When I went to grad school, I trusted that I would have the responsibility of a therapist. Little did I know that the responbility of a therapist more closely resembles that of a brain surgeon.

Although, this information was not informed by my precision, steady hands or ability to not hurl when exposed to the squishy bits of gray matter. It was informed by my clients.

If you ask anyone who’s ever been in therapy, they’d agree that therapists can do every bit as much harm to the brain as a brain surgeon.

Except, with therapy, it’s not only the inner workings of the brain (i.e., thought processes) that can be harmed. It’s also the self-worth, psyche, behavior and relationships. Especially the relationship to oneself. The most important one of all.

Therapists don’t get paid the salaray of a brain surgeon. And a counseling grad school program is not medical school. But you wouldn’t know that based on the responsiblity of our job.

Like those in the medical profession, we are led by a type of “first, do no harm” ethical guideline. (The fact this is a guideline–as opposed to implied–is kind of a joke.)

Yet therapists have a tendency to do harm all the time!

They judge: “I don’t think a good mother would say that to their child …”

They defer: “I’m not comfortable with deviant sexual behavior …”

They offer opionions: “You look so pretty in that dress …”

The above may appear harmless to the naked eye, but between the lines, there’s a darker message with capability to do lots of harm.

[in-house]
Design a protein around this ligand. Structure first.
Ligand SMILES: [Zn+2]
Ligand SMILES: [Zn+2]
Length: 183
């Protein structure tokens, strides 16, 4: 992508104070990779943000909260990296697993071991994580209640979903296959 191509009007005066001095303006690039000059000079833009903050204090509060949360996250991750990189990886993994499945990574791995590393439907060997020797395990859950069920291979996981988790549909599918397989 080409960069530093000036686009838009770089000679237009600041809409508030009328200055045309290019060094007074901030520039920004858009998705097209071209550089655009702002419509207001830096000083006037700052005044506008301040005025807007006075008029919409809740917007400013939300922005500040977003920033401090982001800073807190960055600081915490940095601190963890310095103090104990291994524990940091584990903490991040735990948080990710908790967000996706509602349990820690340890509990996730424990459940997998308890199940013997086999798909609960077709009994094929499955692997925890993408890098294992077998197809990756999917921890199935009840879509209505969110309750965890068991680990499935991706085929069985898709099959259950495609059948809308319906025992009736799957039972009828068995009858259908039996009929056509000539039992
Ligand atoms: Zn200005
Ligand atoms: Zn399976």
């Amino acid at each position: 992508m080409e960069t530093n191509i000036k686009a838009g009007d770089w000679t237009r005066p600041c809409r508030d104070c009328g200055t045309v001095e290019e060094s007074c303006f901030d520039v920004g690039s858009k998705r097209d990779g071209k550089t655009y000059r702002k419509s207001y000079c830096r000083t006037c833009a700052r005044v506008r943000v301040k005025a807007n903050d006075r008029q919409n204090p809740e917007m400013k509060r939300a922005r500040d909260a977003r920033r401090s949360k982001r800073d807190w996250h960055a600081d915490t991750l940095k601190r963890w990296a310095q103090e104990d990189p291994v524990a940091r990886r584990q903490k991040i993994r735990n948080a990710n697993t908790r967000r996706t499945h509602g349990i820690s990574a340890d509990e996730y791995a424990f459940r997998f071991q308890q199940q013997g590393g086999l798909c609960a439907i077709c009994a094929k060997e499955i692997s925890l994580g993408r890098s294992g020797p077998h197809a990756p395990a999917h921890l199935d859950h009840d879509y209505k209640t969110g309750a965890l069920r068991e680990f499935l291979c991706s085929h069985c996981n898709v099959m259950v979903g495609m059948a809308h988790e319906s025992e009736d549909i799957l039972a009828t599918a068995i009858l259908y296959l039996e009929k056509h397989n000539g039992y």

Parents are judged all the time in therapy for not making judgment calls that align with the therapist’s values.

Sexual behavior is judged as well if it conflicts with conventional ideas of normal sexual behavior, regardless of what his healthy sexual behavior.

And opinions? These are the worst and the most egregious.

Clients aren’t paying us for opinions. But if we facilitate a dynamic in which they come to depend on ours, what happens if we don’t say anything about the dress/the hairstyle/the shoes/or how hot your girlfriend is?

Opinions in the therapy office may seem harmless. Enough therapists offer them freely, or so my clients have told me. But opinions, like judgment, have the capacity to upend a client’s sense of self. Undermine their own values and belief systems in an attempt to replace them with yours.

This does harm. I repeat: This does harm.

This has a tendency to set off a chain reaction. One that starts with doubt.

“Is that what a good mother would do?”

Continues with judgment.

“If I love anal, I must be a fucking pervert!”

And concludes with self-worth that sinks to the bottom of the ocean.

“My therapist didn’t say anything about my dress today … probably because I’ve gained weight … who would compliment a fat person, anyway?”

Opinions and judgment in the therapy office can often send clients on a bender of shop therapy. Shopping for a therapist who can help them with the issues they continue to have. Issues they don’t always realize were implanted by the therapists they’ve worked with before.

Not a good look. For anyone. (Or … maybe that’s just my opinion?)








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